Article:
The Expedition of the Donner Party and Its Tragic Fate

By Eliza P. Donner Houghton | Go to book overview
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CHAPTER II
IN THE TERRITORY OF KANSAS -- PRAIRIE SCHOONERS FROM SANTA TO INDEFENDENCE, MO. -- LIFE en route -- THE BIG BLUE -- CAMP GOVERNMENT -- THE Blue Rover.

DURING our first few days in the Territory of Kansas we passed over good roads, and through fields of May blossoms musical with the hum of bees and the songs of birds. Some of the party rode horseback; others walked in advance of the train; but each father drove his own family team. We little folk sat in the wagons with our dolls, watching the huge white- covered "prairie schooners" coming from Santa to Independence for merchandise. We could hear them from afar, for the great wagons were drawn by four or five span of travel-worn horses or mules, and above the hames of each poor beast was an arch hung with from three to five clear-toned bells, that jingled merrily as their carriers moved along, guided by a happy-go-lucky driver, usually singing or whistling a gleeful tune. Both man and beast looked longingly toward the town, which promised companionship and revelry to the one, and rest and fodder to the other.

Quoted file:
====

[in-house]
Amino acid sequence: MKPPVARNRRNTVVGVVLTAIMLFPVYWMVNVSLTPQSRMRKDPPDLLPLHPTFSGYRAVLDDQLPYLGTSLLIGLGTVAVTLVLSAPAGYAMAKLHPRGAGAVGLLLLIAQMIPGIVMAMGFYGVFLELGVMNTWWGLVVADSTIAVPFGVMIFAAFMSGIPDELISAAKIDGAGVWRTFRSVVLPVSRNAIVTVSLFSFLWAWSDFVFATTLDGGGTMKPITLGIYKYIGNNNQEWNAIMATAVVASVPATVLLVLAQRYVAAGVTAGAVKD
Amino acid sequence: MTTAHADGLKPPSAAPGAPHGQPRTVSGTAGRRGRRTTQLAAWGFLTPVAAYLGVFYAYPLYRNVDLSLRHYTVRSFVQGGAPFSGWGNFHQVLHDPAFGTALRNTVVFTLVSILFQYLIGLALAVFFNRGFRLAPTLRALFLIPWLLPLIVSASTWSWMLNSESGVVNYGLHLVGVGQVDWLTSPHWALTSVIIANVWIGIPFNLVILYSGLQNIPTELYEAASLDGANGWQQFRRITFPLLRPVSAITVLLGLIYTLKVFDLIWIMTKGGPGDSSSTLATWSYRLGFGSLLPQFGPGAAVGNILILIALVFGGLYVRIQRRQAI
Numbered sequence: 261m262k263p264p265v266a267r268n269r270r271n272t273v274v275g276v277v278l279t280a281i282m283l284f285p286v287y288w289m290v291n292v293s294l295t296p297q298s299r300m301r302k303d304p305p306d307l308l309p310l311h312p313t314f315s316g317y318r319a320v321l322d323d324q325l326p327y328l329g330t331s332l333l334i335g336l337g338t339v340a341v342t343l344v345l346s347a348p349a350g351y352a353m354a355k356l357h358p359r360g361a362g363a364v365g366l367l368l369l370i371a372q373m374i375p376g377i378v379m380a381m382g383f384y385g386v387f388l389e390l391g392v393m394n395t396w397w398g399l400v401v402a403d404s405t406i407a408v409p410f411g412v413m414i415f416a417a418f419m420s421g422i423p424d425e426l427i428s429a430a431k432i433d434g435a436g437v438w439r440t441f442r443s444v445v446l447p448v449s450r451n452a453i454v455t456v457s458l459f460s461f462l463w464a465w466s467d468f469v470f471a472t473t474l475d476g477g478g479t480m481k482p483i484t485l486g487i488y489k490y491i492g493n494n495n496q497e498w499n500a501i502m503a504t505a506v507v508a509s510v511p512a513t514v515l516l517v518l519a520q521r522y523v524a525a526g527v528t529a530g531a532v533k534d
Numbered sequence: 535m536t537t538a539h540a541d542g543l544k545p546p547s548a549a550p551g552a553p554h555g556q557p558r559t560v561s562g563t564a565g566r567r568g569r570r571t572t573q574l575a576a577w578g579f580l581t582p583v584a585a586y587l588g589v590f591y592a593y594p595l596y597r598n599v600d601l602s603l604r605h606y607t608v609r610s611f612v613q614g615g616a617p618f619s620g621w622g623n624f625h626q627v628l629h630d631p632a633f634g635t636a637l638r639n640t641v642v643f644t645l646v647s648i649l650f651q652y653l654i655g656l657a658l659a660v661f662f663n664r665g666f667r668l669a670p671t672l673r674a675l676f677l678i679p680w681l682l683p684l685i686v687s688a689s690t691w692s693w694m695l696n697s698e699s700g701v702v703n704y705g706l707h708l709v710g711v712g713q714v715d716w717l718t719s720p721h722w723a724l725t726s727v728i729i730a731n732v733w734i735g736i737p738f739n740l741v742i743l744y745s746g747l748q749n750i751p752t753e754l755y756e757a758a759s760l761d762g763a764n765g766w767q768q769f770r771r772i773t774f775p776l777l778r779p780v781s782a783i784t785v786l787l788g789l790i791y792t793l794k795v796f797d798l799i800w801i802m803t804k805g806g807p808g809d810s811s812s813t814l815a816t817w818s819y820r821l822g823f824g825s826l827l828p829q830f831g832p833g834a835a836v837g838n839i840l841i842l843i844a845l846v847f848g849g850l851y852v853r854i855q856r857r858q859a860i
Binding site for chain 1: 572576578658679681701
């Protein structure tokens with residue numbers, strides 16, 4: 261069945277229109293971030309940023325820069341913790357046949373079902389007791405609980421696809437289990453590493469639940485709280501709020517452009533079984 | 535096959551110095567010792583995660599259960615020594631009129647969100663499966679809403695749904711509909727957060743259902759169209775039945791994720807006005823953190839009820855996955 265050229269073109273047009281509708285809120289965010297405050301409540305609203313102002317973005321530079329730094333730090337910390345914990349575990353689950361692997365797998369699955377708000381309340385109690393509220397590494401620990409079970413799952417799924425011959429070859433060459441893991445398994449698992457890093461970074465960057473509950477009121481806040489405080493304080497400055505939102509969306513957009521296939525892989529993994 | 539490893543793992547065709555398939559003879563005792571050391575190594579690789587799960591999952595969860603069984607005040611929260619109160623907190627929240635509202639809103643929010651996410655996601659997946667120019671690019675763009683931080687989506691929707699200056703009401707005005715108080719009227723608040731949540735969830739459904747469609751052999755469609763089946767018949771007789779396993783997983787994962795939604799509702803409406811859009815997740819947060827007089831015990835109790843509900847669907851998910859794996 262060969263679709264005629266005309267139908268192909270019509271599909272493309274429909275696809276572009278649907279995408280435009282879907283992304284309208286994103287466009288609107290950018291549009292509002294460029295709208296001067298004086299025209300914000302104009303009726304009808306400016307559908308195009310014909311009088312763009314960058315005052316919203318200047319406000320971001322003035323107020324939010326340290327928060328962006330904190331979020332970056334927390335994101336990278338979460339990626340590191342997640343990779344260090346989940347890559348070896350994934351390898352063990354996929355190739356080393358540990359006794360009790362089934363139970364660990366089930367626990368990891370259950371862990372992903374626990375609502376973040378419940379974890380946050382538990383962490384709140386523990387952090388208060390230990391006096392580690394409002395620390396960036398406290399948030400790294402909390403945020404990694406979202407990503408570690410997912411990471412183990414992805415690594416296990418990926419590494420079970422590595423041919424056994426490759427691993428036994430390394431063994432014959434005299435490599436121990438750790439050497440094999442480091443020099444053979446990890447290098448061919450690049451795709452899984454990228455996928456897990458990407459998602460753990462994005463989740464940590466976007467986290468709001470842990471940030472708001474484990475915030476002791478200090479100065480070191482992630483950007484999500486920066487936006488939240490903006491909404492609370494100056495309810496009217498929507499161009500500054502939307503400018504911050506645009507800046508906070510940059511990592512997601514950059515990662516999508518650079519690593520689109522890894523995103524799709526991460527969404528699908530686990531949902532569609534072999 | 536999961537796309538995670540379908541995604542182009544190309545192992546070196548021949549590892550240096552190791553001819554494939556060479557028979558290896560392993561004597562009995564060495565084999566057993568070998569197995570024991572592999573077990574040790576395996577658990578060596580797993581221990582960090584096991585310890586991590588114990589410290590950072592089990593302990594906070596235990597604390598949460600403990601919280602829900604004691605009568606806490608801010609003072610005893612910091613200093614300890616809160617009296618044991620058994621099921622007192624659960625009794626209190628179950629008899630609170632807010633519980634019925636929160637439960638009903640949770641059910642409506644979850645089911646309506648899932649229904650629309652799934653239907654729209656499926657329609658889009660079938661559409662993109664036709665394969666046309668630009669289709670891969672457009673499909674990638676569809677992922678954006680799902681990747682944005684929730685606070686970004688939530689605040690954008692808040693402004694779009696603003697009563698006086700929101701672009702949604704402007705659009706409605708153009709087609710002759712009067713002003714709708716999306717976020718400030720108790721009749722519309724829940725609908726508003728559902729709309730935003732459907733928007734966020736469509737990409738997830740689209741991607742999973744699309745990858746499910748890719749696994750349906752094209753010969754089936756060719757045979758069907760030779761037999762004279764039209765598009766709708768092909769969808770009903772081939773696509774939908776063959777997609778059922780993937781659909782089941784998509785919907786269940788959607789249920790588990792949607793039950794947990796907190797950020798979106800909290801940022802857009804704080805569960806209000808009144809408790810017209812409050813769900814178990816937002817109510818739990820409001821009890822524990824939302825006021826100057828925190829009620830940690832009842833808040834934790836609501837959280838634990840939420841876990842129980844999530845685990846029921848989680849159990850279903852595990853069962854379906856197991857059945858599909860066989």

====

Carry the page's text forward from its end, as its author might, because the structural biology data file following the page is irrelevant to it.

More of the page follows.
We overtook Similar wagons, heavily laden with goods bound for Santa Fé. Most of the drivers were

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